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Respiratory Minute Volume in Health and Disease

The pulmonary systemMinute ventilation (or pulmonary ventilation, or respiratory minute volume, or flow of air) is the volume of air that can be inhaled (inhaled minute volume) or exhaled during one minute.

The calculation of minute ventilation is simple: MV=TV*Rf or minute volume is equal to tidal volume (amount of air for one breath, ml) multiplied by the respiratory frequency (number of breaths per minute).

This table shows normal minute ventilation (liters of air per minute) in healthy subjects at rest (14 studies).

Table. Normal respiratory minute volume (healthy subjects only)

*Each row corresponds to a research paper or medical science article
Condition Minute ventilation N. of subjects References
Normal breathing 6 l/min - Medical textbooks
Healthy subjects 7.7 +- 0.3 l/min 19 Douglas et al, 1982
Healthy males 8.4 +- 1.3 l/min 10 Burki, 1984
Healthy males 6.3 l/min 10 Smits et al, 1987
Healthy males 6.1 +-1.4 l/min 6 Fuller et al, 1987
Healthy subjects 6.1 +- 0.9 l/min 9 Tanaka et al, 1988
Healthy students 7.0 +- 1.0 l/min 10 Turley et al, 1993
Healthy subjects 6.6 +- 0.6 l/min 10 Bengtsson et al, 1994
Healthy subjects 7.0 +-1.2 l/min 12 Sherman et al, 1996
Healthy subjects 7.0+-1.2 l/min 10 Bell et al, 1996
Healthy subjects 6 +- 1 l/min 7 Parreira et al, 1997
Healthy subjects 7.0 +- 1.1 l/min 14 Mancini et al, 1999
Healthy subjects 6.6 +- 1.1 l/min 40 Pinna et al, 2006
Healthy subjects 6.7 +- 0.5 l/min 17 Pathak et al, 2006
Healthy subjects 6.7 +- 0.3 l/min 14 Gujic et al, 2007
"Normal" subjects 12 +- 2 l/min >500 Results of 18 studies

You can find references to these studies on healthy subjects here.

These research papers and medical science articles show that healthy subjects have a very light and easy breathingFor details related pattern at rest, generally corresponding to about 6-7 liters of air per min for their normal minute ventilation values. Modern medical and physiological textbooks provide values for the normal pulmonary ventilation, ranging from 6 up to 9 liters of air per minute at rest for a 70-kg man.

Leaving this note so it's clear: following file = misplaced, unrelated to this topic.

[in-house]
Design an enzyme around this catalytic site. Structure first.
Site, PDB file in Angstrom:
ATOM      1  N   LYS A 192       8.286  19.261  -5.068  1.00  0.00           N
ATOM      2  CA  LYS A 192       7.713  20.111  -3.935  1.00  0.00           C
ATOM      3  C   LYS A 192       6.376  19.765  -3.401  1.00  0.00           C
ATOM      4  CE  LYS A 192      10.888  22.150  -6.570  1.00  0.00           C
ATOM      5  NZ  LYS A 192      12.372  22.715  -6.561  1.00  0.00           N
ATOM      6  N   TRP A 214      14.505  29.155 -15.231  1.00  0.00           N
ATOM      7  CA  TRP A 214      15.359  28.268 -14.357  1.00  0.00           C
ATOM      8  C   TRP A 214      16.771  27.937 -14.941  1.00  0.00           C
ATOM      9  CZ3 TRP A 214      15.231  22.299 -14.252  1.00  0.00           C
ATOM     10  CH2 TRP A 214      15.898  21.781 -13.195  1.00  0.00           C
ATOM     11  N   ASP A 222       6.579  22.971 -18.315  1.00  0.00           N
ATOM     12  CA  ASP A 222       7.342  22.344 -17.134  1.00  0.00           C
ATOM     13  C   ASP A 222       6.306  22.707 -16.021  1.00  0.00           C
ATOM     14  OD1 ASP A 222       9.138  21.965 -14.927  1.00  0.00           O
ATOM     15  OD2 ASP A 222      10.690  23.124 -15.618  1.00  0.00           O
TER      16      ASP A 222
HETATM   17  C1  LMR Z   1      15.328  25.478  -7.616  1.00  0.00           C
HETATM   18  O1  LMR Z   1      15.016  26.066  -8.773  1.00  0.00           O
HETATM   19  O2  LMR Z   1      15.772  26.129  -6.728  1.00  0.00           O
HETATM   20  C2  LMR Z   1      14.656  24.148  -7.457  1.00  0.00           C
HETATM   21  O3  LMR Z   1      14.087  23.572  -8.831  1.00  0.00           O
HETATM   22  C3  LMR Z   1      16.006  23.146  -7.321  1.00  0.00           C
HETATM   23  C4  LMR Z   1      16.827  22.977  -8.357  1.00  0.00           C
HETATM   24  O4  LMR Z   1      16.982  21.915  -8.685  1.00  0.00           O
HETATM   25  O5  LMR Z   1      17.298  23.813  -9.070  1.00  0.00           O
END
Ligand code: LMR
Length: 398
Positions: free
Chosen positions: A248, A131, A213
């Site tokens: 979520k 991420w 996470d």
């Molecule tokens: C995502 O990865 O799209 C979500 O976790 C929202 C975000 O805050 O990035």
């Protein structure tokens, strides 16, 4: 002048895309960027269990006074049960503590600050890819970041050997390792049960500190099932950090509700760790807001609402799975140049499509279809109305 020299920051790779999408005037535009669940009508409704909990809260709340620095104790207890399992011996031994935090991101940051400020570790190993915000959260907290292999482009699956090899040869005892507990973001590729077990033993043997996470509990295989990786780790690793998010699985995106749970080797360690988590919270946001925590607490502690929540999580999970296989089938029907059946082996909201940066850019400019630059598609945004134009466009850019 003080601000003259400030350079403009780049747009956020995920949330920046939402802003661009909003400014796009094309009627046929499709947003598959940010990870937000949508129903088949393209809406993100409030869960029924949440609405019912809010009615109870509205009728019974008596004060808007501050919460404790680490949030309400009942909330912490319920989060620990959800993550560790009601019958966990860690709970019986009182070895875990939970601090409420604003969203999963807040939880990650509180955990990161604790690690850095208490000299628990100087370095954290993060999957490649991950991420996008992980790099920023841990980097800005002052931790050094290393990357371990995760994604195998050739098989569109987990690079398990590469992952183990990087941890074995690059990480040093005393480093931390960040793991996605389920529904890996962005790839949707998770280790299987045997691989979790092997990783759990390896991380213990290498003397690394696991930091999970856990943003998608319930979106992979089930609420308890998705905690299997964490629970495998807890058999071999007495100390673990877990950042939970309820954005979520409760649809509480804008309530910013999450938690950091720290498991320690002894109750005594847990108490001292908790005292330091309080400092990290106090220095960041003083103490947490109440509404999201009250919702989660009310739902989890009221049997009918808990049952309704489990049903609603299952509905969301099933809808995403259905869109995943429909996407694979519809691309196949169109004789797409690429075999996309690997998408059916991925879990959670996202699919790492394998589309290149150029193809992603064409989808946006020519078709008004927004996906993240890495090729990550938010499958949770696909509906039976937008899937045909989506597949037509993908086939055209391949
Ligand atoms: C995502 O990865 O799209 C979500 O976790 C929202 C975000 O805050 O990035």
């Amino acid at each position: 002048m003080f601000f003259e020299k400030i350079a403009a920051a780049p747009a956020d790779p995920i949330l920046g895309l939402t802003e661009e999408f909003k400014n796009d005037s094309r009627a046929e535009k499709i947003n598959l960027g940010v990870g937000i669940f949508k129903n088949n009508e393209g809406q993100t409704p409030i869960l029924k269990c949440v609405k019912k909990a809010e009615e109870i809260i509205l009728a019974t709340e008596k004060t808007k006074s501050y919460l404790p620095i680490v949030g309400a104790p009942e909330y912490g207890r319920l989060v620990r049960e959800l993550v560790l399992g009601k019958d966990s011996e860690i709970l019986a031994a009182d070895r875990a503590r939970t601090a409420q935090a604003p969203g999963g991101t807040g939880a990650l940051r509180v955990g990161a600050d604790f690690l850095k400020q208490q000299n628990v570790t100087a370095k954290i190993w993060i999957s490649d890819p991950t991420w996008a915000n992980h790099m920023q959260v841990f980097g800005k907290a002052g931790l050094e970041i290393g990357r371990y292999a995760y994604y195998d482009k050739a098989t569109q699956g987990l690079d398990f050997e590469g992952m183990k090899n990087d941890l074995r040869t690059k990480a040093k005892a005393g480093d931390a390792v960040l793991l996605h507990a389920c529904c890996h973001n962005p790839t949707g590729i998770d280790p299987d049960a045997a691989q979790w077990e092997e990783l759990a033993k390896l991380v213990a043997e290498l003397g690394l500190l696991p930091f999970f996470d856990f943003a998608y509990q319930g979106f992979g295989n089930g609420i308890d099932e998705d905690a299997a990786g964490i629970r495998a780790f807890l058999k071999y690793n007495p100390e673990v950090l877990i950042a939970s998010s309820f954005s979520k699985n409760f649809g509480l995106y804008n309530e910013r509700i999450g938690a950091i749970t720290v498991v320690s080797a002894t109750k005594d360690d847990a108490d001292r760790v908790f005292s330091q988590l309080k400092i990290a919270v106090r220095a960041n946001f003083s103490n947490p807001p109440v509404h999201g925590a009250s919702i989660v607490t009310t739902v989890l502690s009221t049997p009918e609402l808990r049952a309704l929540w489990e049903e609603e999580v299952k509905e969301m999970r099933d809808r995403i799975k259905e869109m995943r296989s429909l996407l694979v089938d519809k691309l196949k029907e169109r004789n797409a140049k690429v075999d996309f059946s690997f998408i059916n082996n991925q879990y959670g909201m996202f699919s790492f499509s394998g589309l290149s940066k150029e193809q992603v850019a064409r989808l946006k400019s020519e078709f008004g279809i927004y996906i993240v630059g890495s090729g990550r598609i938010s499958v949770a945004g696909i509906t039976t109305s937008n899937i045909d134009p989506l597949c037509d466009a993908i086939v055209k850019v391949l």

However, it is clear that when the MV is higher than 10 L/min, this is hyperventilation.

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Normal ventilation leads to high (or normal) CO2 in the arterial blood and body cells. As a result, O2 transport is normal and they have normal oxygen values in the brain, heart and other body organs and cells.

Minute volume in normal subjects

Pulmonary ventilation values for modern "normal subjects" are much higher, averaging at about 12 L/min.

Respiratory minute volume graph: historical changes

Respiratory minute volume in people with chronic conditions

What do we know about minute ventilation rates in people with chronic diseases?

Breathing rates in healthy, normal people vs diseases

Ideal pulmonary ventilation

If we imagine different automatic breathing patterns with different respiratory volume, we can find such a pattern that provides maximum body oxygen levels. We already know that overbreathing reduces body oxygenation due to vasoconstriction, and possibly due to the Bohr effect. However, one can breathe even slower and less than the medical norm for breathing at rest. How much less? You can find out the number X for the respiratory volume that maximizes oxygen levels in the human body. This number X is provided below as your bonus content.

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List of all references: Minute Ventilation (or Pulmonary Ventilation) in Healthy Subjects

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